Which is Better, Button Rifling or Cut Rifling?
There is no clearly superior form of rifling. Check the results from major benchrest matches and you will see both cut-rifled Kriegers, and button-rifled Harts, Liljas, and Shilens among the trophy-winners. David Tubb has dominated cross-course and high-power shooting with Schneider pull-buttoned barrels, but Kriegers are favored by many Palma shooters and members of the USA F-class team. Button rifling can produce a very smooth interior finish, and the majority of winning 6PPC barrels are buttoned. On the other hand, many shooters believe cut-rifled barrels last a bit longer. By the nature of the manufacturing process, cut-rifling puts fewer stresses in the steel and twist rate is more likely to be uniform. Additionally, a cut-rifled barrel can be fluted before the bore is rifled. On buttoned barrels, fluting must be done after the bore is rifled and stress-relieved, so there’s a chance stresses from profiling/fluting can alter the bore. The only possible issues we’ve heard with cut-rifled barrels, particularly Kriegers, is that the high, sharp lands can be tough on 6.5mm J4 jacketed bullets, such as the Clinch Rivers and JLKs, when they are driven above 2950fps in an 8-twist barrel.Full Article on Barrel Rifling.
What Is the Best Number of Grooves?
Barrel-makers report that, as long as the ratio of lands to grooves is relatively constant, there is no demonstrable difference in accuracy among 3-,4-,5-,6- and 8-groove barrel designs. Krieger has told us “There isn’t any advantage to the shooter. Assuming the ratio of the surface area is kept the same, the number of grooves should not have any effect. Barrel makers use different numbers of grooves for ease of manufacturing and … marketing hype.” That said, in our experience, 8-groove barrels are a little slower, and may foul a bit more quickly because there are more edges to cut into the bullet’s jacket and to trap powder residue. We see no reason not to specify a 4-groove barrel if that is your preference. Moreover, IBS Hunter Champion Al Nyhus and others have had great success with Lilja 3-groove barrels. Al believes the 3-groove design cleans up more quickly and yields a bit more velocity. Famed gunsmith and wildcatter P.O. Ackley believed that, all things considered, a properly-made 3-groove barrel is optimal for most common calibers. Ackley believed 3-groove profiles can deliver higher velocities with less fouling and no significant reduction in accuracy. In the months ahead, 6mmBR.com plans to do a comparison test of various barrel formats.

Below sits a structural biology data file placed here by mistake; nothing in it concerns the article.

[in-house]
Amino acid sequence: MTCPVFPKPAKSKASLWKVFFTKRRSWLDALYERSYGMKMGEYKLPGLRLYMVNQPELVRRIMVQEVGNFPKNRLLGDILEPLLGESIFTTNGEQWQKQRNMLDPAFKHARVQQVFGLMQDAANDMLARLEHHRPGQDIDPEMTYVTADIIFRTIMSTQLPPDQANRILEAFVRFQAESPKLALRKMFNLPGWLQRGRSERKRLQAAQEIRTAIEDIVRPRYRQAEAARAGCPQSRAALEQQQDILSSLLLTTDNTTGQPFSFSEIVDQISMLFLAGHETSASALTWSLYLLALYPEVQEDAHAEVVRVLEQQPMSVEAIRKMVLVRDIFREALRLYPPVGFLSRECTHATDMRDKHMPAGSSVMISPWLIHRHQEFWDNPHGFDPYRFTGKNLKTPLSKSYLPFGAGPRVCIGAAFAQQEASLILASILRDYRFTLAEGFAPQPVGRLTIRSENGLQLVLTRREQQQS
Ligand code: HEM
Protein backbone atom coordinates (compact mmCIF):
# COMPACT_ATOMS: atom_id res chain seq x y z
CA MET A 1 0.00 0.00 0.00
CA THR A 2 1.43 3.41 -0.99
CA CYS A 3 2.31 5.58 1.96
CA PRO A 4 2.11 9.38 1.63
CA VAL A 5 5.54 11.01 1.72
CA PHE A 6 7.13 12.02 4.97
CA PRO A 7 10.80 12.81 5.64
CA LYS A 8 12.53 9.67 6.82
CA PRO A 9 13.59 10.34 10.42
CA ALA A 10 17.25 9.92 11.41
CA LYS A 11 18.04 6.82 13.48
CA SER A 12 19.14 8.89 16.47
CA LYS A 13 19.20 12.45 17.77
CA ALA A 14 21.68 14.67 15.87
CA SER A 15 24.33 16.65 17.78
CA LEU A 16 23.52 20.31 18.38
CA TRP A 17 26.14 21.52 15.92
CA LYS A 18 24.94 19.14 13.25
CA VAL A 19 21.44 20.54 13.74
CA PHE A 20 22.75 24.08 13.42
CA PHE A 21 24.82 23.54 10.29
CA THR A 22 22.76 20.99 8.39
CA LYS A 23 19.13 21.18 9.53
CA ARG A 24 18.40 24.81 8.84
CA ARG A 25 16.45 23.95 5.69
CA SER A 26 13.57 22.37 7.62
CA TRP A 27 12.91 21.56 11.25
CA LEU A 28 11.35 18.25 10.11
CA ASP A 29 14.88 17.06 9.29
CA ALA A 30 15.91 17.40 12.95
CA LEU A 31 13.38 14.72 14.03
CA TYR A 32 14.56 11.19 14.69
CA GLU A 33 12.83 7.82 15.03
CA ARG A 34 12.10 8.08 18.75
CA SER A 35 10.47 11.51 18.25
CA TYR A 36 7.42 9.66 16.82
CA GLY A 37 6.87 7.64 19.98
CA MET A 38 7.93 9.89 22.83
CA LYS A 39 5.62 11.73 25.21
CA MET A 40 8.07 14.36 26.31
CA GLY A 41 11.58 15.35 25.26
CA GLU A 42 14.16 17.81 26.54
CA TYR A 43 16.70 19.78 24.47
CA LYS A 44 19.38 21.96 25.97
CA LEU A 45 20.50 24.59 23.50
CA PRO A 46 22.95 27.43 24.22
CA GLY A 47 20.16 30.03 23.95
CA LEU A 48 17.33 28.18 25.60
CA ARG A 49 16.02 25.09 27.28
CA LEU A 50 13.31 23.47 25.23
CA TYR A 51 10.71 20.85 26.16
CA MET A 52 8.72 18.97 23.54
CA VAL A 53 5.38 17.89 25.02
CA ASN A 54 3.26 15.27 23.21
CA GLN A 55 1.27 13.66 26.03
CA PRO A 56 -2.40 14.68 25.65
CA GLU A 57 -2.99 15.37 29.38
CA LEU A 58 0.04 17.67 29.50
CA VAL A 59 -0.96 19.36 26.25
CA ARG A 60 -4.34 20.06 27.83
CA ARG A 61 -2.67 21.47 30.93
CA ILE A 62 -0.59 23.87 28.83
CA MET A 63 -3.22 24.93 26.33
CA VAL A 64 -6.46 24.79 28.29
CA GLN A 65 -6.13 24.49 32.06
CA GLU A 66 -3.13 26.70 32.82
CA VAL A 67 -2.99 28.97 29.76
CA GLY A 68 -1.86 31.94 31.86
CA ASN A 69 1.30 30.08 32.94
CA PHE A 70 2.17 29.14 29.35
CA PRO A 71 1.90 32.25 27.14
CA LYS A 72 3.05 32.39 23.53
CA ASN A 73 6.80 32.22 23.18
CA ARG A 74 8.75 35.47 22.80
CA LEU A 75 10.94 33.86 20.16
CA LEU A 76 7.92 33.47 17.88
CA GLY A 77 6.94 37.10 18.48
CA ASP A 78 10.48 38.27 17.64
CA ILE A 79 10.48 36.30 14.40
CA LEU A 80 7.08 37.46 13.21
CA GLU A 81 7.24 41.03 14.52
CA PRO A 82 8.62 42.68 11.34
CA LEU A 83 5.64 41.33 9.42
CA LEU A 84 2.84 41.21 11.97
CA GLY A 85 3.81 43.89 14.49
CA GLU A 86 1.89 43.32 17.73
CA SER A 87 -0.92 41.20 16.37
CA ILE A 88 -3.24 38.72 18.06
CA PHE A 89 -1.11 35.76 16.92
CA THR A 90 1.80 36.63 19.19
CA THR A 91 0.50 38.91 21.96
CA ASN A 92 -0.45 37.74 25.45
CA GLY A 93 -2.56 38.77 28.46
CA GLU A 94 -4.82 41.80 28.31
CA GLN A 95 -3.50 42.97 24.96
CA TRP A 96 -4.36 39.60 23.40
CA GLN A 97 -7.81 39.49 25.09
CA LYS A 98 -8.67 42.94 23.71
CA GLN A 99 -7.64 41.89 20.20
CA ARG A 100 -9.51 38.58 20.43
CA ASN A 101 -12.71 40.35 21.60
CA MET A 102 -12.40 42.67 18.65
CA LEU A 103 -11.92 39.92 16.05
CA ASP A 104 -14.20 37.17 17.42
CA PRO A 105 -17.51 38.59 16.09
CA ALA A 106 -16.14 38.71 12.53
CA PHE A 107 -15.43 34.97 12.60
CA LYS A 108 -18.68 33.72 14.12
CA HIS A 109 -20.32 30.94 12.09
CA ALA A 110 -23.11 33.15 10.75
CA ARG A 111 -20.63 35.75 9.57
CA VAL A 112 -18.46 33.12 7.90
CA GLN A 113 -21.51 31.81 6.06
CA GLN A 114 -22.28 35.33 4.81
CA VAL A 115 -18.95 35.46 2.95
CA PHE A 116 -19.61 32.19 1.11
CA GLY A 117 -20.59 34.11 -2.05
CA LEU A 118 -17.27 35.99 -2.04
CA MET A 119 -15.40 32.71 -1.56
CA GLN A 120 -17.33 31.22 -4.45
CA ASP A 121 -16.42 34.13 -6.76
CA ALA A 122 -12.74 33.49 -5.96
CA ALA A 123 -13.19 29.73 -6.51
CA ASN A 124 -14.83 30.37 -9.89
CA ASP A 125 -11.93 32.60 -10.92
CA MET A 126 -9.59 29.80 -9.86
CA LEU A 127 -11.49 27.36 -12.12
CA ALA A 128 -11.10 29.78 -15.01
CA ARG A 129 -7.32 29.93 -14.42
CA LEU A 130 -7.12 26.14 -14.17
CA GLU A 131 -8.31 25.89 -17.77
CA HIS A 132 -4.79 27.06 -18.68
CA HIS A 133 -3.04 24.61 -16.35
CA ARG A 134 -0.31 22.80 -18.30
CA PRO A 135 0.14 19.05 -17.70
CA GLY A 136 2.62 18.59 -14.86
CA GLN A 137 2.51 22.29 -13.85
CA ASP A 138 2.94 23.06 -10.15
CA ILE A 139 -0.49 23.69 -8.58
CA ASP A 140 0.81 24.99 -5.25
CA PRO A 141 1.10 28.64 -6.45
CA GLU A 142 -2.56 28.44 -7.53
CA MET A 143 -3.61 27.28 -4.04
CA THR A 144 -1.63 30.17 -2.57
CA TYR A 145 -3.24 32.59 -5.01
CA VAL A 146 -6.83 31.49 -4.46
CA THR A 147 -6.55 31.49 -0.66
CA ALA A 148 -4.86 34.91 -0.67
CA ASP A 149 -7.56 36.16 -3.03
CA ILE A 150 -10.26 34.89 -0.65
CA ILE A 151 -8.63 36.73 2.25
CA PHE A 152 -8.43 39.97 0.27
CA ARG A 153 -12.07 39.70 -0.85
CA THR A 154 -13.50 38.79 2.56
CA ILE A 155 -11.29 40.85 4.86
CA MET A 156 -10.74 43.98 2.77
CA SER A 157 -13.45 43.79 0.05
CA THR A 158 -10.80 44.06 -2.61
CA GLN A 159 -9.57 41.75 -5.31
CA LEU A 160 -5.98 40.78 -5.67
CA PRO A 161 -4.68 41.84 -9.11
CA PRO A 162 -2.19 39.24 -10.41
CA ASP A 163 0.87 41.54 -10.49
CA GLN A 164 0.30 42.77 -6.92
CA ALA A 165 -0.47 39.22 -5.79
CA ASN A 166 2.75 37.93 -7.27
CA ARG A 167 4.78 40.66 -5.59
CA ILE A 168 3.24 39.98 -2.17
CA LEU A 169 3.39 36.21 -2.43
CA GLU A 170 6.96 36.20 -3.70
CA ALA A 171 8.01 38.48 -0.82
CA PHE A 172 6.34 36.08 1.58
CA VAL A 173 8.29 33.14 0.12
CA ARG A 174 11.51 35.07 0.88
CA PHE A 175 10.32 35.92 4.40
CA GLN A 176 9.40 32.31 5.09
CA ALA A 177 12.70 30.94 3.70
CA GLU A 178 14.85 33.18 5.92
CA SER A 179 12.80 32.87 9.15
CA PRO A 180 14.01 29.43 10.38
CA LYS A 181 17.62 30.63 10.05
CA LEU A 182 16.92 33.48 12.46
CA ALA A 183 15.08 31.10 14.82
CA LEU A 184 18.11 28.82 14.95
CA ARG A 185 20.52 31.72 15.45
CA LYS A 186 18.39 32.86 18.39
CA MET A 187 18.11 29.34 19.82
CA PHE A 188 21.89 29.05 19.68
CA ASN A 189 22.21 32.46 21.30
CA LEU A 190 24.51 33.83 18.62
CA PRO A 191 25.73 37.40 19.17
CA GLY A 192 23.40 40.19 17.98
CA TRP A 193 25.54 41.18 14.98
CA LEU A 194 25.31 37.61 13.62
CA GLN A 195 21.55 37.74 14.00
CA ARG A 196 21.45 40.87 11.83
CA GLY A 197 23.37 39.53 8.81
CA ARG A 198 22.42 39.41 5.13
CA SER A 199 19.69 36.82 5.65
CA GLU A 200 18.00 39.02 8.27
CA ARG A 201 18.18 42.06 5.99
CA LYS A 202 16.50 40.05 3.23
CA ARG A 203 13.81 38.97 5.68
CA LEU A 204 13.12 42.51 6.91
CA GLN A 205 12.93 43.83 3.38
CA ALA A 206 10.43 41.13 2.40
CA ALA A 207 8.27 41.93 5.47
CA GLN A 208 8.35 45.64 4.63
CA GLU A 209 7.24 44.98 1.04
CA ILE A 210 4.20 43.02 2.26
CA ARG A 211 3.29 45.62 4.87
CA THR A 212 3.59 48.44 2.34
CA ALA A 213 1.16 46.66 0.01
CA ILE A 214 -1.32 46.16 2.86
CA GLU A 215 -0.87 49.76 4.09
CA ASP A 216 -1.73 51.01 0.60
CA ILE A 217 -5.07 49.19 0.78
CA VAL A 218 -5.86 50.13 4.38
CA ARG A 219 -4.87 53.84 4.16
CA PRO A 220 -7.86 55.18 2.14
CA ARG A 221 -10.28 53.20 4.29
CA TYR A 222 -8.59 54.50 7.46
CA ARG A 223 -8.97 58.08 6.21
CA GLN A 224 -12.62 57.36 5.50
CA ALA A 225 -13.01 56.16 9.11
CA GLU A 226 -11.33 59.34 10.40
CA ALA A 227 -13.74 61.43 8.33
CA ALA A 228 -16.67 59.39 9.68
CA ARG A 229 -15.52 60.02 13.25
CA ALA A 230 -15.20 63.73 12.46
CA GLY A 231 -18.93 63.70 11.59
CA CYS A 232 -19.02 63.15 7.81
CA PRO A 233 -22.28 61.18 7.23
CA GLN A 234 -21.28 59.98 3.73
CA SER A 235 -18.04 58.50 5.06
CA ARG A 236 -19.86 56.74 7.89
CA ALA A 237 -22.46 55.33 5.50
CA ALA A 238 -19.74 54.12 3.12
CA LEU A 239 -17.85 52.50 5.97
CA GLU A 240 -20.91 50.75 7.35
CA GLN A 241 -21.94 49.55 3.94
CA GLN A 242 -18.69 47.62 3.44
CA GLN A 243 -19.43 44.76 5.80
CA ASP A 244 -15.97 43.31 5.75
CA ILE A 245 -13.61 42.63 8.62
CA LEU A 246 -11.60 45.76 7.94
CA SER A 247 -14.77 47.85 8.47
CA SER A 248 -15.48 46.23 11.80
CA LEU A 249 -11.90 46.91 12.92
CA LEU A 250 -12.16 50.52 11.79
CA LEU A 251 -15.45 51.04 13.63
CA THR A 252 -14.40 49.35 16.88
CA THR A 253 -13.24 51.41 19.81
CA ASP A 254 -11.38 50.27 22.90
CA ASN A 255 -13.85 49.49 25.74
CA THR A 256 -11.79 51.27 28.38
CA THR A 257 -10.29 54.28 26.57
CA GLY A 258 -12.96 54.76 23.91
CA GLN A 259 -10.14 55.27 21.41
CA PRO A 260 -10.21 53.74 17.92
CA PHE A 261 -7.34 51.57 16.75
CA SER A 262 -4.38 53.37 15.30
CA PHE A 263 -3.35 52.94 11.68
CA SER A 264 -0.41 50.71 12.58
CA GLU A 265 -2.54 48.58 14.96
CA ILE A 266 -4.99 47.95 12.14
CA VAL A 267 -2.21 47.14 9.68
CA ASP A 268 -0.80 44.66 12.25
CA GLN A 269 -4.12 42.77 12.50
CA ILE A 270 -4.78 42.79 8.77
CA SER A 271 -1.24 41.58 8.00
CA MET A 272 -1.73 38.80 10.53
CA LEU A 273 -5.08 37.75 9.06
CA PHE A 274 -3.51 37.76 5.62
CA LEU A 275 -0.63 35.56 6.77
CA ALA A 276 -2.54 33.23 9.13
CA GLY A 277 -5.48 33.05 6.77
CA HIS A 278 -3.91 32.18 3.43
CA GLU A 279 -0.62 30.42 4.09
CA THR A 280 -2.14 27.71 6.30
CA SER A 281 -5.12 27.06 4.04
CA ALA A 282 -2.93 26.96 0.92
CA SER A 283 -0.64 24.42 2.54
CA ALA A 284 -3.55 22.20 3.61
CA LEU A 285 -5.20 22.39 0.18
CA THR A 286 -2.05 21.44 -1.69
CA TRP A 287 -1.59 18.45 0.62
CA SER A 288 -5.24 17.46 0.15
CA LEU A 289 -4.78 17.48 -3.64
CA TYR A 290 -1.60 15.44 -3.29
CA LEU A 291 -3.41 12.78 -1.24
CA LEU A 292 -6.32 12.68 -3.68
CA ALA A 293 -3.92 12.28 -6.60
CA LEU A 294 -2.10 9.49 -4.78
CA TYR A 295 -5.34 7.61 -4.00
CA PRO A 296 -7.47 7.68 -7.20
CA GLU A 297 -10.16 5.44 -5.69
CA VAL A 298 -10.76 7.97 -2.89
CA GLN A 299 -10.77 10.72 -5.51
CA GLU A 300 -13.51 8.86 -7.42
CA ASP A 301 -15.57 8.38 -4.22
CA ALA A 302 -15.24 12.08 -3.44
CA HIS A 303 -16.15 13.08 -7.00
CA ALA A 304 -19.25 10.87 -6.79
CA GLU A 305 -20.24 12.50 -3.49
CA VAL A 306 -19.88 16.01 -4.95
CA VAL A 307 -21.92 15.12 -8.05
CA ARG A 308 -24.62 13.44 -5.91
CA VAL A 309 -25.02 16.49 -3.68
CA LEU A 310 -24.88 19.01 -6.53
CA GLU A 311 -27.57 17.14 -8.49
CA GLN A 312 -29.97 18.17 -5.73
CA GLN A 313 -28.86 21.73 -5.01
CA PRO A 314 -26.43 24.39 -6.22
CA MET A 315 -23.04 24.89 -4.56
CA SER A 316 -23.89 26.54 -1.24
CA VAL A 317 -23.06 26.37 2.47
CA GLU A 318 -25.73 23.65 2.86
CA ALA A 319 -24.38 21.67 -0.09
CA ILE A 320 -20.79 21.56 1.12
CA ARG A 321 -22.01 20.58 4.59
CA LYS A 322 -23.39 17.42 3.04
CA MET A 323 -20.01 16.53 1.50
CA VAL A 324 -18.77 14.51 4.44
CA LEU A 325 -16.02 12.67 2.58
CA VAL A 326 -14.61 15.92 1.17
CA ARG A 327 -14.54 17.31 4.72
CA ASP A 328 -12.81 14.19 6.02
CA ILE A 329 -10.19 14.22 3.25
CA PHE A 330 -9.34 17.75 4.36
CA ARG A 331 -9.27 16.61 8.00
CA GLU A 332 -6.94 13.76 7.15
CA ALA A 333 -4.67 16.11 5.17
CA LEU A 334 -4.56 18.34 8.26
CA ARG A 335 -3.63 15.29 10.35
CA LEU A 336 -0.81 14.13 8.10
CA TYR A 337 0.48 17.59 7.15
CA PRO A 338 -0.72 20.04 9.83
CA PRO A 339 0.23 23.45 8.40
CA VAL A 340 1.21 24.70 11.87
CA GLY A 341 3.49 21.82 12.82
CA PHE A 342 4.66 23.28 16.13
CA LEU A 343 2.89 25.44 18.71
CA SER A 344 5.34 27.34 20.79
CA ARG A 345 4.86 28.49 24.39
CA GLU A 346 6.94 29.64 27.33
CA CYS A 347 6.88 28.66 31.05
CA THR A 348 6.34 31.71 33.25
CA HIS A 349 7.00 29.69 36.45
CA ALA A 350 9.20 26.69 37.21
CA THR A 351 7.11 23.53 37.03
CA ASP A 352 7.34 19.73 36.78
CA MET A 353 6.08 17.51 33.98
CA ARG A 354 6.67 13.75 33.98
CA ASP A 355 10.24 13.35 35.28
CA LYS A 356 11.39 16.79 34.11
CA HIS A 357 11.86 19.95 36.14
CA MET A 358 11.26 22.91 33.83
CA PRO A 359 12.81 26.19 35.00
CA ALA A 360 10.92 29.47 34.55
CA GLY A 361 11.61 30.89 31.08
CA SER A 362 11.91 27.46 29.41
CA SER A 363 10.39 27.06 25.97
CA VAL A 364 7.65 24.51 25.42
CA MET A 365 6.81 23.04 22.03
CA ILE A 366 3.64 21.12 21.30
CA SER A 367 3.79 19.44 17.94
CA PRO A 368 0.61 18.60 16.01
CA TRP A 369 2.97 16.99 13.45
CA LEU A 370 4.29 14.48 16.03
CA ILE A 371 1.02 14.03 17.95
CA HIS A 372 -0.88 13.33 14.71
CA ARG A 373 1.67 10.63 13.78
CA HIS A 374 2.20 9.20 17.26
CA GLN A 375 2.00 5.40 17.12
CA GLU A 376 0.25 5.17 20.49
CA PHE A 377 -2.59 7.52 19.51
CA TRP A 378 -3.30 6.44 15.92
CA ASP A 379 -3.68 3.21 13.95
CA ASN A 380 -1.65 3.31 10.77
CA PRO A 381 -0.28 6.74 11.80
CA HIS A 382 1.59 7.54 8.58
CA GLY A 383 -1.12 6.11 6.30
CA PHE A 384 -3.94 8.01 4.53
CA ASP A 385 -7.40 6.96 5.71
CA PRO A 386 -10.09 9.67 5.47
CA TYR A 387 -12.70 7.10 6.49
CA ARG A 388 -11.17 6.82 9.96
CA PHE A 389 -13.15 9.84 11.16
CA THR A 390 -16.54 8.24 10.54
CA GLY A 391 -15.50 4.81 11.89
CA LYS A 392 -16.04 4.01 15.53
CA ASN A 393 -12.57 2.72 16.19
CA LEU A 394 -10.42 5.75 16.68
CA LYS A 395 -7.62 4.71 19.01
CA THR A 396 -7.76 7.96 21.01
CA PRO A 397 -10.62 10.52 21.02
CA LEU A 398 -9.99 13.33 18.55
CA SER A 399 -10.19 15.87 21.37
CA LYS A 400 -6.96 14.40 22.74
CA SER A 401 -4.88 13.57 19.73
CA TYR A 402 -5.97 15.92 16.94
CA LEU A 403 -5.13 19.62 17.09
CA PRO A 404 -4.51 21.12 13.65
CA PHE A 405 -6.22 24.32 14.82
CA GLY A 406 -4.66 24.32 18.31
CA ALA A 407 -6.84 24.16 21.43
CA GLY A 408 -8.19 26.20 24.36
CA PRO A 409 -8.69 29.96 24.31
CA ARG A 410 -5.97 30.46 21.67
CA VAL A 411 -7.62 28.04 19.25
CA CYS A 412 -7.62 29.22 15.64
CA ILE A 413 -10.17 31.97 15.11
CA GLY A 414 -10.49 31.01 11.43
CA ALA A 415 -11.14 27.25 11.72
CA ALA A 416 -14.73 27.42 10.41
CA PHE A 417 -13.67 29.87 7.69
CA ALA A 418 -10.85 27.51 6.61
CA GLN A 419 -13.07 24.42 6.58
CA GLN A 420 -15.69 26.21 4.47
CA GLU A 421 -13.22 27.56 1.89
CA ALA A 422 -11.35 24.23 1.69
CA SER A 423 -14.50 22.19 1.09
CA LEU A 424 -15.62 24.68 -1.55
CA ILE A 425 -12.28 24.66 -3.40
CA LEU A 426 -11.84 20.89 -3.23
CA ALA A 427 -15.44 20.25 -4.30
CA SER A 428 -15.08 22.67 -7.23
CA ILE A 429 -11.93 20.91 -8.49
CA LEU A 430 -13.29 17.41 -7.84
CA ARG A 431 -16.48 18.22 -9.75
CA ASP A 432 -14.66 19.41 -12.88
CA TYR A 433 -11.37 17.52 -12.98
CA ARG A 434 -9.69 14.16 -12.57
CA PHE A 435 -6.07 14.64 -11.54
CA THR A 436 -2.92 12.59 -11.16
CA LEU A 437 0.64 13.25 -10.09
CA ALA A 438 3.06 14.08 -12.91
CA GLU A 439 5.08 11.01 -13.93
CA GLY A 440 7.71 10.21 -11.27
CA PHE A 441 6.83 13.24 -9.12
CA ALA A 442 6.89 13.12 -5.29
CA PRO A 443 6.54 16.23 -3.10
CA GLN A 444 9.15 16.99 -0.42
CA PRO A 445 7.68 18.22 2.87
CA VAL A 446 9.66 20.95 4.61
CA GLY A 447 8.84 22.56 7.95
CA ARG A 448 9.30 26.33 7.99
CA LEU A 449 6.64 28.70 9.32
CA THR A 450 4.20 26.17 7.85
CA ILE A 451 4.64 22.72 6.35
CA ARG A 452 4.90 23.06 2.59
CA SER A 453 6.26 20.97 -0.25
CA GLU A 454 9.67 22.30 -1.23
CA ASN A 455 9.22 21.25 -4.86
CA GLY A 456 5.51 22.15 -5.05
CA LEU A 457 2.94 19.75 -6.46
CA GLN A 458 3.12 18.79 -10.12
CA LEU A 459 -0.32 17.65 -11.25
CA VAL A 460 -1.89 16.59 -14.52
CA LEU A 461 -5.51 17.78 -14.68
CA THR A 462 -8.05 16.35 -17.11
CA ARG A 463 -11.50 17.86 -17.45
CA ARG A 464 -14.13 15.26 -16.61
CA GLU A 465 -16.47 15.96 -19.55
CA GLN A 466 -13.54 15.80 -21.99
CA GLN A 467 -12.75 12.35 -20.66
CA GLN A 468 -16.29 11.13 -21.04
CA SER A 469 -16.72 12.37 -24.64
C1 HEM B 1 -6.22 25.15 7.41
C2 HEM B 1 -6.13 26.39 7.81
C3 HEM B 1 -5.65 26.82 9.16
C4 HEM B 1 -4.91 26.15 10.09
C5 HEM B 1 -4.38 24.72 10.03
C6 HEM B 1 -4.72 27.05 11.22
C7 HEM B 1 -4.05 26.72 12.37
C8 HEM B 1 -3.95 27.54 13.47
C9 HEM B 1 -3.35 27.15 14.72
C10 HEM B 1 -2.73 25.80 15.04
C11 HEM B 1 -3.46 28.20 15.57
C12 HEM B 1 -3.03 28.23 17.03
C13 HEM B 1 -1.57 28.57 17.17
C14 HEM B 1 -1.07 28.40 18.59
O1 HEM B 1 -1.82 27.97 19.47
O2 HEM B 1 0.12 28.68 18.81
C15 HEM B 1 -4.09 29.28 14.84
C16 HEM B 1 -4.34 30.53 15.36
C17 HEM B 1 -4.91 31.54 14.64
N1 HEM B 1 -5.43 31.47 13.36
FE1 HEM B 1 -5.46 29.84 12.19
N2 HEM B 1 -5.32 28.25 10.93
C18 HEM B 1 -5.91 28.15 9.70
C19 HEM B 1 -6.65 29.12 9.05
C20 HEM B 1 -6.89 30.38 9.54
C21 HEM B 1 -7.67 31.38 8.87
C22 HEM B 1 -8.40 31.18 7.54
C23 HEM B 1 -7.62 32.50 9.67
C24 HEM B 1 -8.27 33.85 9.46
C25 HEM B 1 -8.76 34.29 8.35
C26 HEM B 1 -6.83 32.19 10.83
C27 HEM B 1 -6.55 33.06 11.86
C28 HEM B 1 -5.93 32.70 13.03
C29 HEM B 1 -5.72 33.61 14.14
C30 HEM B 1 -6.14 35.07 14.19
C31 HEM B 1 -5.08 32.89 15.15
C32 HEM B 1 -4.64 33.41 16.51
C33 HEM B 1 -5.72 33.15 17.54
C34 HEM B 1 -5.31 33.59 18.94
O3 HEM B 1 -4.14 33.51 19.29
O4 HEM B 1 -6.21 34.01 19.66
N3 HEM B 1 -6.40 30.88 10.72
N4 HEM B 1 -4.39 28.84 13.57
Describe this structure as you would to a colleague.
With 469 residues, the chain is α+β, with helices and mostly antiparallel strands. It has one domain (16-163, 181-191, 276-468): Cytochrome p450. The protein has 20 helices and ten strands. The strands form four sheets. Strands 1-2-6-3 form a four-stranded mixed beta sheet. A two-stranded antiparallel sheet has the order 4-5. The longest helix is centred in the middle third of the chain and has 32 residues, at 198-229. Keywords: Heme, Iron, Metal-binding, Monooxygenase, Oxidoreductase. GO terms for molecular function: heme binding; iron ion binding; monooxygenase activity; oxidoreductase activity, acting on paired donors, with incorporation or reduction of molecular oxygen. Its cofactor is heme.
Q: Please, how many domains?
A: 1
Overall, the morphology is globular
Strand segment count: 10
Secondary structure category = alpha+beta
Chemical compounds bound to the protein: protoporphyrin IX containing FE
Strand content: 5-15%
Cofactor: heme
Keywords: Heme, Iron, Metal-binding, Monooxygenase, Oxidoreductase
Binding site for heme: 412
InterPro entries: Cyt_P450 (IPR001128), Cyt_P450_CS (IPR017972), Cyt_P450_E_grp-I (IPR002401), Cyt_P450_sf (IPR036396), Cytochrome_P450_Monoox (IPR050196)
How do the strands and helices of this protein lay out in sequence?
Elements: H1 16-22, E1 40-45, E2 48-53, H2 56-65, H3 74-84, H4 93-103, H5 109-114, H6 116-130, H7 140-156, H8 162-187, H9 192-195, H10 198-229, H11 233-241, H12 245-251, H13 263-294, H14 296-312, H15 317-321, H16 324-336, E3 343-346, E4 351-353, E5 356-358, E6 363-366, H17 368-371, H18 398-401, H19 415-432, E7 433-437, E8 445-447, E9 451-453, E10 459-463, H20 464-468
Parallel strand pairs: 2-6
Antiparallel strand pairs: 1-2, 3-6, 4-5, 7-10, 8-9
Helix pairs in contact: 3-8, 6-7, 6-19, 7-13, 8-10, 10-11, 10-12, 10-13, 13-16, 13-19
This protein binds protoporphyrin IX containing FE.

Will Using Moly Bullets Extend Barrel Life?
Probably. Though this is controversial, studies by European barrel-makers indicate that use of moly bullets from the start may extend a barrel’s useful life up to 50% compared to a barrel that used “naked” bullets exclusively. That said, the part of a barrel that wears out first is the throat. Throat wear is mostly caused by heat and pressure. By backing down your charges somewhat, you can extend your barrel life significantly, and avoid some problems associated with moly. 1000-yd shooters have turned away from moly because of unexplained flyers, and some people complain that moly buildup in a bore is worse than copper because moly is quite difficult to remove without abrasive bore cleaners. Still, we think moly makes sense for rapid-fire match shooters who may shoot 40-60 rounds in a relay without the opportunity to clean.
What Kind of Barrel Will Foul the Least?
Fouling is more a symptom of a poorly finished barrel than it is associated with one particular kind of rifling vs. another. When properly machined with sharp cutters, and carefully lapped, both cut-rifled barrels and button-rifled barrels should foul very little. However, there is good evidence that canted-land barrels or polygon barrels may foul least of all, even while delivering enhanced velocities. This is because the edges of the lands are slightly rounded or tapered. In theory, profiled lands shave less copper from bullet jackets and form a better gas seal behind the bullet.